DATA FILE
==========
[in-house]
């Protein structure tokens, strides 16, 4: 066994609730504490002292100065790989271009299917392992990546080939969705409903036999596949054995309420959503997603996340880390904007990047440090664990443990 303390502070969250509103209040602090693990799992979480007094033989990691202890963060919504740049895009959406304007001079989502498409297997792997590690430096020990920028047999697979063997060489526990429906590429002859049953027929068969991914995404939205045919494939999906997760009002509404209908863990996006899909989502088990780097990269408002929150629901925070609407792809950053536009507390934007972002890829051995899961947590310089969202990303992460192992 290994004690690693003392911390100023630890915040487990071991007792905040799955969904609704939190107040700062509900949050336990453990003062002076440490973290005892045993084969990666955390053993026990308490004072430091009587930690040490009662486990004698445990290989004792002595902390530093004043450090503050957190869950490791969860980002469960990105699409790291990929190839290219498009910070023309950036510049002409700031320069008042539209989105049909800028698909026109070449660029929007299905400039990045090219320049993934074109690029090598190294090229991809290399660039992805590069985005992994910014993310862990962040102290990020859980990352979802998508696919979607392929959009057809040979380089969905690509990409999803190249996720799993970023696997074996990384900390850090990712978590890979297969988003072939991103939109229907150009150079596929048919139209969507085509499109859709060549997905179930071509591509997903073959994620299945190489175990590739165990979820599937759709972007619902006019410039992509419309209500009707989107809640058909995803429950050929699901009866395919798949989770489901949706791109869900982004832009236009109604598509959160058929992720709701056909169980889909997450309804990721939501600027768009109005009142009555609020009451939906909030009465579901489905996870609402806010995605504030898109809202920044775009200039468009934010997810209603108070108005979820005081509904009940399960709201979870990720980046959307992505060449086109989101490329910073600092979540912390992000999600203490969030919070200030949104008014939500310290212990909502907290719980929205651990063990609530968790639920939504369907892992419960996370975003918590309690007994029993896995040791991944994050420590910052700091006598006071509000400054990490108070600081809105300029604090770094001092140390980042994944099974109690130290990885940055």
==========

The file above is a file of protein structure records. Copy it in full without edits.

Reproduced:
[in-house]
């Protein structure tokens, strides 16, 4: 066994609730504490002292100065790989271009299917392992990546080939969705409903036999596949054995309420959503997603996340880390904007990047440090664990443990 303390502070969250509103209040602090693990799992979480007094033989990691202890963060919504740049895009959406304007001079989502498409297997792997590690430096020990920028047999697979063997060489526990429906590429002859049953027929068969991914995404939205045919494939999906997760009002509404209908863990996006899909989502088990780097990269408002929150629901925070609407792809950053536009507390934007972002890829051995899961947590310089969202990303992460192992 290994004690690693003392911390100023630890915040487990071991007792905040799955969904609704939190107040700062509900949050336990453990003062002076440490973290005892045993084969990666955390053993026990308490004072430091009587930690040490009662486990004698445990290989004792002595902390530093004043450090503050957190869950490791969860980002469960990105699409790291990929190839290219498009910070023309950036510049002409700031320069008042539209989105049909800028698909026109070449660029929007299905400039990045090219320049993934074109690029090598190294090229991809290399660039992805590069985005992994910014993310862990962040102290990020859980990352979802998508696919979607392929959009057809040979380089969905690509990409999803190249996720799993970023696997074996990384900390850090990712978590890979297969988003072939991103939109229907150009150079596929048919139209969507085509499109859709060549997905179930071509591509997903073959994620299945190489175990590739165990979820599937759709972007619902006019410039992509419309209500009707989107809640058909995803429950050929699901009866395919798949989770489901949706791109869900982004832009236009109604598509959160058929992720709701056909169980889909997450309804990721939501600027768009109005009142009555609020009451939906909030009465579901489905996870609402806010995605504030898109809202920044775009200039468009934010997810209603108070108005979820005081509904009940399960709201979870990720980046959307992505060449086109989101490329910073600092979540912390992000999600203490969030919070200030949104008014939500310290212990909502907290719980929205651990063990609530968790639920939504369907892992419960996370975003918590309690007994029993896995040791991944994050420590910052700091006598006071509000400054990490108070600081809105300029604090770094001092140390980042994944099974109690130290990885940055």